F1 boss Bernie Ecclestone tells court he never makes threats
MOTORSPORT boss Bernie Ecclestone told a High Court judge today that he did not make threats.
Mr Ecclestone, chief executive of the Formula 1 Group, was giving evidence at a High Court trial in London after being accused of making a ''corrupt bargain'' to stay at the top of Formula 1 racing.
He has been accused of entering into a ''corrupt agreement'' with a banker eight years ago to facilitate the sale of the Formula 1 group to a buyer chosen by him.
A German media company says it lost out as a result of the deal and has taken legal action against Mr Ecclestone.
But he says Constantin Medien's claim ''lacks any merit'' and he denies any conspiracy.
"I am not a person that threatens," he told Mr Justice Newey. "If I was going to do something, I would do. I wouldn't threaten."
Mr Ecclestone, who was giving evidence for a third day, has told the court that he paid Gerhard Gribkowsky - a senior official at a German bank - £10 million.
He said he made the payment because he was ''being shaken down'' by Dr Gribkowsky, who had insinuated that he would create difficulties with tax authorities.
Mr Ecclestone told the judge today that he did need Dr Gribkowsky's support and added: "He was desperately trying to do business with me. He wanted to leave the bank."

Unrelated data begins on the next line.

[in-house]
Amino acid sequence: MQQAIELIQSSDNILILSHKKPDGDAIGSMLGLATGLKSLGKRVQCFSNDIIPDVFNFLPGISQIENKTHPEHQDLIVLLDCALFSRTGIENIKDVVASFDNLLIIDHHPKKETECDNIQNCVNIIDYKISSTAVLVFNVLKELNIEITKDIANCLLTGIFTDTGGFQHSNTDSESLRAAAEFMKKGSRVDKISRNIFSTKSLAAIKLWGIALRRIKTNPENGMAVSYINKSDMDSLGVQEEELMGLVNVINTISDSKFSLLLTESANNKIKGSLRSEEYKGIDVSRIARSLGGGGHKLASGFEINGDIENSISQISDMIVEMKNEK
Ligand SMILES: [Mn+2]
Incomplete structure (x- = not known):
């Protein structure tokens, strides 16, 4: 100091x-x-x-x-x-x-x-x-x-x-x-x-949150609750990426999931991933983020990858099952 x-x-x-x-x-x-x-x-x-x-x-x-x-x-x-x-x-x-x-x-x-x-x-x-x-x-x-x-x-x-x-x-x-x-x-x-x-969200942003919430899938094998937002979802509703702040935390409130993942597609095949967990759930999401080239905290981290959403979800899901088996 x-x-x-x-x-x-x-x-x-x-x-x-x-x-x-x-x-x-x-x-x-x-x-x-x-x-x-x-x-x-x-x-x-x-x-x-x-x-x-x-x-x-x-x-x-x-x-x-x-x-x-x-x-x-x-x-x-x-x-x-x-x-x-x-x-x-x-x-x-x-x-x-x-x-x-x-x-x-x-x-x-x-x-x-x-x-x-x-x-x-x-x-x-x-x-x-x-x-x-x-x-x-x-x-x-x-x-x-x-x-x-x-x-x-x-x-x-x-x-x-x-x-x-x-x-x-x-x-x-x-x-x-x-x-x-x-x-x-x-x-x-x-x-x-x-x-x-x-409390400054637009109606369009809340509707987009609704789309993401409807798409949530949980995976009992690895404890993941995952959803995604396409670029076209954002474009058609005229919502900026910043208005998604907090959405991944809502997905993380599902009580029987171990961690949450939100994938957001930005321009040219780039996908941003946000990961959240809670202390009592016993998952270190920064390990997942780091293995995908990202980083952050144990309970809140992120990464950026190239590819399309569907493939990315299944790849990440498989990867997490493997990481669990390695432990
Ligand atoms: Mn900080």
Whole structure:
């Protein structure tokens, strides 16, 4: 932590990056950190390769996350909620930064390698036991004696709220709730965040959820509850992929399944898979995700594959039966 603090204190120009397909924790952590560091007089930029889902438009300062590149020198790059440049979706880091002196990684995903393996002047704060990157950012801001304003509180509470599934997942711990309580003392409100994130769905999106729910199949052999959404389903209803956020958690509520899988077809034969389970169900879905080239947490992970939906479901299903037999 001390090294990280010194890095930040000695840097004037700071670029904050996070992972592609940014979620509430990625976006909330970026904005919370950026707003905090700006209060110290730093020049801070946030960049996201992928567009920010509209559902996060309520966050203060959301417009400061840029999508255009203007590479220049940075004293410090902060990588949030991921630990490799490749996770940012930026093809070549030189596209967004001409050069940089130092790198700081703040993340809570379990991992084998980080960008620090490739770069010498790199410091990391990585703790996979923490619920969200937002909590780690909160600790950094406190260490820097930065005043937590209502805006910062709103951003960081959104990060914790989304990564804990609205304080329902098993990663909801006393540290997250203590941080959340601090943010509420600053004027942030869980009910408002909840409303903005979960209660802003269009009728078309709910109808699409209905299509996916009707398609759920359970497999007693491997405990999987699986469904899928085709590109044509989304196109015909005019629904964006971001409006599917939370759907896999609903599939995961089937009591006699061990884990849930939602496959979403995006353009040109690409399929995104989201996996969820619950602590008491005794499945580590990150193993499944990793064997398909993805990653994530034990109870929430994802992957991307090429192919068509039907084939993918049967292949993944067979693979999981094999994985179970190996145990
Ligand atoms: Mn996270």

Philip Marshall QC, for Constantin, outlined allegations against Mr Ecclestone at the start of the trial on October 29.
He said the banker assisted Mr Ecclestone to facilitate the sale of the Formula 1 Group to a ''purchaser chosen by Mr Ecclestone''.
Mr Marshall suggested that ''corrupt payments'' resulted in a sale of the bank's investment in a group of companies which owned lucrative commercial rights associated with Formula 1.
He said Mr Ecclestone benefited financially and the deal allowed him to retain a position with Formula 1.
Mr Marshall said Constantin had investment rights in the Formula 1 Group and lost out.
Lawyers representing Mr Ecclestone have outlined their case to the judge in written arguments and say the claim ''lacks any merit'' and ''is an artificial, manufactured complaint''.
The trial continues.